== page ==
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Complete Health Indicator Report of Cancer Deaths - Breast Cancer

Definition

Female Breast Cancer Deaths per 100,000 population (females) in New Mexico

Numerator

Number of breast cancer deaths

Denominator

New Mexico female population

Why Is This Important?

Among New Mexican women, breast cancer is the most commonly diagnosed cancer, and is the second leading cause of death from cancer.

Healthy People Objective: C-3, Reduce the female breast cancer death rate

U.S. Target: 20.6 deaths per 100,000 females

Other Objectives

New Mexico Cancer Plan 2012-2017 Objectives: By 2017, increase by 15% the proportion of NM women ages 40 and older who have had a mammogram in the past 2 years, from a 2010 baseline of 71% to 81.7%. New Mexico Community Health Status Indicator (CHSI)

How Are We Doing?

The rate of death from breast cancer among New Mexican women has declined over the past two decades.

How Do We Compare With the U.S.?

Historically, New Mexico has had a lower breast cancer mortality rate than the U.S. overall. Beginning in the late 1980s and early 1990s, the breast cancer mortality rate started to decrease for both New Mexican and U.S. women. While the rate of death from breast cancer is still lower for women in New Mexico compared to women in the U.S., the difference in rates is currently not as large as it has been in the past. Decreases in breast cancer deaths over the past couple decades are primarily attributable to improvements in treatment and in early detection through screening mammography. A 2016 analysis estimated that in recent years, improved treatment was responsible for at least two-thirds of the reduction in breast cancer mortality from invasive tumors measuring at least 2 cm, and that the remaining reduction could be attributed to breast cancer screening. (Welch et al., N Engl J Med 375;15: 1438-1447).

What Is Being Done?

The New Mexico Breast and Cervical Cancer Early Detection Program (BCCP) is dedicated to decreasing rates of breast cancer deaths by improving access to high-quality, age-appropriate breast cancer screening and diagnostic services for low-income women who are uninsured or under-insured, and helping them access resources for treatment when necessary. To do this, the BCCP supports changes within provider practices and health systems to increase screening opportunities. In addition, data and surveillance systems, such as monitoring screening quality measures, are used to develop more organized, systematic approaches to cancer screening and to improve service delivery. These approaches are supported by the New Mexico Department of Health and are being implemented by many healthcare organizations and health systems throughout New Mexico. Visit the BCCP website at: http://archive.cancernm.org/bcc/index.html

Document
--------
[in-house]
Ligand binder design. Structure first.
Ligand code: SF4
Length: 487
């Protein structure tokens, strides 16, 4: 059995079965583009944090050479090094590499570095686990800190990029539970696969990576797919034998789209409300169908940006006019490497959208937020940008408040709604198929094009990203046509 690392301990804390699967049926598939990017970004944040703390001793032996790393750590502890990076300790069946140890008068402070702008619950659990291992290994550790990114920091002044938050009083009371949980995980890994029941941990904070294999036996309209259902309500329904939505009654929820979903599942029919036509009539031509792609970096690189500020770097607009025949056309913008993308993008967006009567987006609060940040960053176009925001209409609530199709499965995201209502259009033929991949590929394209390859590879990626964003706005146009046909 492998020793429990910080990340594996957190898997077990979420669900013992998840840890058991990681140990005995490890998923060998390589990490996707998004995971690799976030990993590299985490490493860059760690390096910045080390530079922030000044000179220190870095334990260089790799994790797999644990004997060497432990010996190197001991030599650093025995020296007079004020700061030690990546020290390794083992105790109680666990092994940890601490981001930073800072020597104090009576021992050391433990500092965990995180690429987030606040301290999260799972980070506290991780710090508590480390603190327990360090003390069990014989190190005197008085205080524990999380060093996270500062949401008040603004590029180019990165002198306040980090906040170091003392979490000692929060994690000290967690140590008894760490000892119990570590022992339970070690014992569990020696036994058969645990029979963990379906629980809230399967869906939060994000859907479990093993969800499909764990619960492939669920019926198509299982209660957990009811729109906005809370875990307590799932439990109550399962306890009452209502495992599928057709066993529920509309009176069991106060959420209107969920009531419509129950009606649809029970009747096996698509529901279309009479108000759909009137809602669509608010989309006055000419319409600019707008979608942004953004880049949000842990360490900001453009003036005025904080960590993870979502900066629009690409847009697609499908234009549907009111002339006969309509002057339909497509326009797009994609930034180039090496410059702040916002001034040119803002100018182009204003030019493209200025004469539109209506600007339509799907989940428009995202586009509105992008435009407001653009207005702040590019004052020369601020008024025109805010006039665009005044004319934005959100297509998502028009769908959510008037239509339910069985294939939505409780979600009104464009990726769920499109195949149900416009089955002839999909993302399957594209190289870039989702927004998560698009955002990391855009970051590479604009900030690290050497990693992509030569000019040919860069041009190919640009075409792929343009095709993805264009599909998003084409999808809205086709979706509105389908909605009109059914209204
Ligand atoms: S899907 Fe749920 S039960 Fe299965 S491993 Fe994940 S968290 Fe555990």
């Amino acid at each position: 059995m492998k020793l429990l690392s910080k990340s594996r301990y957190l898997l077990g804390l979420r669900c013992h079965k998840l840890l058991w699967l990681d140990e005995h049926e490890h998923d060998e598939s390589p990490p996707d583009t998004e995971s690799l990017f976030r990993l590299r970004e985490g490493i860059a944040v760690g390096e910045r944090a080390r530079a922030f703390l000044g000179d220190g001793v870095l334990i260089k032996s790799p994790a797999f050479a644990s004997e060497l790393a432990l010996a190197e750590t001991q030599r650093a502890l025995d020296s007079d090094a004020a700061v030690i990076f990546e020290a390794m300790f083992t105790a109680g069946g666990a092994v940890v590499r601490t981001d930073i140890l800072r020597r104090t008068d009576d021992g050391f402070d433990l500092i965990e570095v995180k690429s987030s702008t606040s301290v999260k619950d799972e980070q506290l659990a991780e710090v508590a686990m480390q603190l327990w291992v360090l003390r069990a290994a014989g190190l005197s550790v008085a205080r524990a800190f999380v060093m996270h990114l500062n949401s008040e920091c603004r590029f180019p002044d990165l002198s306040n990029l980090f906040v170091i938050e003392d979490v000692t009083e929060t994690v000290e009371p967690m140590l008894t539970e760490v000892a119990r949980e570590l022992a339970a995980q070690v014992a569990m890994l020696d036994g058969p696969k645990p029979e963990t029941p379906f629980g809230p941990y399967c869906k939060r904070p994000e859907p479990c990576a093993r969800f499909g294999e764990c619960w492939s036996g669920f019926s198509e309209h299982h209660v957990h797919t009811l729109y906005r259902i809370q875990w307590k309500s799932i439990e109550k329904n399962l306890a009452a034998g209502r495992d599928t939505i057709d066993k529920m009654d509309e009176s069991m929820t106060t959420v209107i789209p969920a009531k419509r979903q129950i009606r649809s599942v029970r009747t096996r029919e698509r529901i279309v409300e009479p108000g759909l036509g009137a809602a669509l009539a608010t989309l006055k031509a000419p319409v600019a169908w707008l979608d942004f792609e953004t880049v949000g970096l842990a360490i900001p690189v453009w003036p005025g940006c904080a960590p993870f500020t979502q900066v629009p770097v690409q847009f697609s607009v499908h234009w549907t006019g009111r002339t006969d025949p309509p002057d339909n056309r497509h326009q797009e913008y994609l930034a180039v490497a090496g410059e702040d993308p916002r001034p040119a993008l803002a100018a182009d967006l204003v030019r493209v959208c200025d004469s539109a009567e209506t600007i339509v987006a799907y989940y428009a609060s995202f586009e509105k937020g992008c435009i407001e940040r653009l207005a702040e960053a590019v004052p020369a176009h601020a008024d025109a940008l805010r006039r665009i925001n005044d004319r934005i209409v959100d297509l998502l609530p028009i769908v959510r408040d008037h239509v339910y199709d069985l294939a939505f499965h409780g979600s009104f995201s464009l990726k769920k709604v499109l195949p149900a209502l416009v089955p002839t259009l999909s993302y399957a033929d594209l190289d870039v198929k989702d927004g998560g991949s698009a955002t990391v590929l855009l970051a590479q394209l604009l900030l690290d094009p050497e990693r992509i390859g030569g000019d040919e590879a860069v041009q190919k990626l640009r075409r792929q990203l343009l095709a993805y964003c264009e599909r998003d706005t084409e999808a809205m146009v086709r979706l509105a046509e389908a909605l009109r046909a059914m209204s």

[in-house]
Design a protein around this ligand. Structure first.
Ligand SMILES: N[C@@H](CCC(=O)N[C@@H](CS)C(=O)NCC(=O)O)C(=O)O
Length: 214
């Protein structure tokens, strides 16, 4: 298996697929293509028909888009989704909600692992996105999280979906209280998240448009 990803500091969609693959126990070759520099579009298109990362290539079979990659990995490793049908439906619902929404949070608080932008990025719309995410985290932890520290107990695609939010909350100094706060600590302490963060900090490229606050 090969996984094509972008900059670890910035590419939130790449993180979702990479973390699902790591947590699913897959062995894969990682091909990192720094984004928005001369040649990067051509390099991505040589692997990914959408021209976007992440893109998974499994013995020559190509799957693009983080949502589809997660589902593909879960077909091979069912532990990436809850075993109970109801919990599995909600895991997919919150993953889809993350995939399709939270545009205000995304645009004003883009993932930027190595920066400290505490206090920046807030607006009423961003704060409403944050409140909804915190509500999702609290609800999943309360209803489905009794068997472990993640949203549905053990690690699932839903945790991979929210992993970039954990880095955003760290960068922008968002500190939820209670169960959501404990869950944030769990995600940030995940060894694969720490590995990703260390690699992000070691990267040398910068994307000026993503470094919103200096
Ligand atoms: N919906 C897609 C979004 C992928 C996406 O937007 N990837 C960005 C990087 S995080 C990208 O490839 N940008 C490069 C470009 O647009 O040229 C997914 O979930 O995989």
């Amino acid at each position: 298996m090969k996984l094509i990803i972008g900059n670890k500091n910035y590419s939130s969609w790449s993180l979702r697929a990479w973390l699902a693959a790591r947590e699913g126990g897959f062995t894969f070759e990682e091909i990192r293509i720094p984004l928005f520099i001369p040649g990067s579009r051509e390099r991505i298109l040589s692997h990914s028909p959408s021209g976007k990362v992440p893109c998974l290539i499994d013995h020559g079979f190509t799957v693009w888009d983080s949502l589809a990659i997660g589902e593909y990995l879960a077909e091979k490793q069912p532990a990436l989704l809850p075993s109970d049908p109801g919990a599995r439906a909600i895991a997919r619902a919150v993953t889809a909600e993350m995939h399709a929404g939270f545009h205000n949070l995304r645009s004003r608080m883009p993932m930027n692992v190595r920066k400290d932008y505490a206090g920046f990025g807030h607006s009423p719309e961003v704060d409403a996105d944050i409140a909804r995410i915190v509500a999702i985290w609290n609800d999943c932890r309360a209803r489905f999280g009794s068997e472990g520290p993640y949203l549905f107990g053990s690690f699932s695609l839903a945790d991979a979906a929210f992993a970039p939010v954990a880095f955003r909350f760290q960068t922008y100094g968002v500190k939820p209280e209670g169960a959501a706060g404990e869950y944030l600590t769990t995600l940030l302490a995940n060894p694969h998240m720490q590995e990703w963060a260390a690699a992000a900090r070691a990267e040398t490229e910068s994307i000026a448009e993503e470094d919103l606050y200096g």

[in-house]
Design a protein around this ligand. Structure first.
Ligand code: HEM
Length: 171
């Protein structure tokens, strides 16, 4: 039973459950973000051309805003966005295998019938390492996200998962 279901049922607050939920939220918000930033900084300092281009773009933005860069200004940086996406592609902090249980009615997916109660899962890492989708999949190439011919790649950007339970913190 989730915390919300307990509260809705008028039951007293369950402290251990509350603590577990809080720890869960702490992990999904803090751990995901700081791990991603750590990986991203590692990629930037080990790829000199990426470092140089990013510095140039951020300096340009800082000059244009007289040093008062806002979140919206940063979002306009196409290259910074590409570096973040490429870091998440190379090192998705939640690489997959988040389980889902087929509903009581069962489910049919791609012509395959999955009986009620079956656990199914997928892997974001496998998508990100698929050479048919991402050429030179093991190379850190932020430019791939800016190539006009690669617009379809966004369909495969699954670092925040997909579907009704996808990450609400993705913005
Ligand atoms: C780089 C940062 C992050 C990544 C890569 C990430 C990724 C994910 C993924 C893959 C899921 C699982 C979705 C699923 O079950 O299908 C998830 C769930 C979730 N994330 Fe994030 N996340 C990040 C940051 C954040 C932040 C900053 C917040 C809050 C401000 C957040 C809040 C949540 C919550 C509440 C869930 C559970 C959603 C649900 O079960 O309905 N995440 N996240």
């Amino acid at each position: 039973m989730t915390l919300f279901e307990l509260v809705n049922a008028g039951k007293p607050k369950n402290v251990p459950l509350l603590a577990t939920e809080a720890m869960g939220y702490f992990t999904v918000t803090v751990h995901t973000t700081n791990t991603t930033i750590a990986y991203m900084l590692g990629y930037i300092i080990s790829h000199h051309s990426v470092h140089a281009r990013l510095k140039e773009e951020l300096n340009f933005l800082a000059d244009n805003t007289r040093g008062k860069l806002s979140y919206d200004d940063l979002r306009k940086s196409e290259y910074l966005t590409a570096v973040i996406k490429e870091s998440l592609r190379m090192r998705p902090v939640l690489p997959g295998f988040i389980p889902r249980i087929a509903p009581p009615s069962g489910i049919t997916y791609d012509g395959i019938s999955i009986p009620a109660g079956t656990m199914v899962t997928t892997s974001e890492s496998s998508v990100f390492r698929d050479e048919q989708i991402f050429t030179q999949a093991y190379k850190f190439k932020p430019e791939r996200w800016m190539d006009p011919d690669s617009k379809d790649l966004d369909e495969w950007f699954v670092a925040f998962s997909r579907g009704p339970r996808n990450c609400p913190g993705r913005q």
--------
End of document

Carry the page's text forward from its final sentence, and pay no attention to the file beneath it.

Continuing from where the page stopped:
Evidence-based Practices

The BCCP supports New Mexico health care providers and health systems in using evidence-based interventions such as patient reminders, risk assessment tools, reducing structural barriers (e.g., expanding clinic hours, provision of mobile mammography events), provider reminder and recall systems, and provider assessment and feedback on performance. All of these activities have been shown to increase breast cancer screening rates, and are recommended by The Guide to Community Preventive Services, a collection of evidence-based findings of the Community Preventive Services Task Force, established by the U.S. Department of Health and Human Services.

Available Services

The New Mexico Breast and Cervical Cancer Early Detection Program provides free breast cancer screening and diagnostic services to New Mexico women ages 40 years and older who lack health insurance and who live at or below 250% of the federal poverty level. More information can be found online at http://archive.cancernm.org/bcc/index.html or by calling toll-free 1-877-852-2585. Uninsured women in New Mexico should check to see if they qualify for Centennial Care, which is New Mexico's Medicaid program, at: https://nmmedicaid.acs-inc.com/static/index.htm Uninsured women who don't qualify for Centennial Care may be able to purchase a health insurance plan during certain times of the year through the New Mexico Health Insurance Exchange at: http://www.bewellnm.com/

Health Program Information

In addition to the activities listed above, the BCCP is exploring the best options for providing more balanced and useable information to women about both the potential benefits and harms of breast cancer screening. The intent is to enable women to make well-informed decisions about breast cancer screening that are consistent with their values and priorities.


Related Indicators

Related Relevant Population Characteristics Indicators:


Related Health Care System Factors Indicators:


Risk Factors

According to the Centers for Disease Control and Prevention, risk factors for breast cancer include: older age (>50 years); genetic mutations (e.g., BRCA1 and BRCA2); early age at menstruation (<12 years); no or late (>30 years) pregnancy; late age at menopause (>55 years); lack of physical activity; being overweight or obese after menopause; having dense breasts; using combination hormone therapy (i.e., estrogen and progestin together); taking oral contraceptives; personal or family history of breast cancer; personal history of certain non-cancerous breast diseases (e.g., atypical hyperplasia or lobular carcinoma in situ); previous radiation therapy to chest or breasts (e.g., for treatment of Hodgkin's lymphoma) before age 30 years; alcohol consumption. Women who took diethylstilbestrol (DES) during pregnancy and women whose mothers took DES are also at increased risk for breast cancer.

Related Health Status Outcomes Indicators:




Graphical Data Views

Female Breast Cancer Deaths per 100,000 Females by Year, New Mexico and U.S., 1999-2017

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confidence limits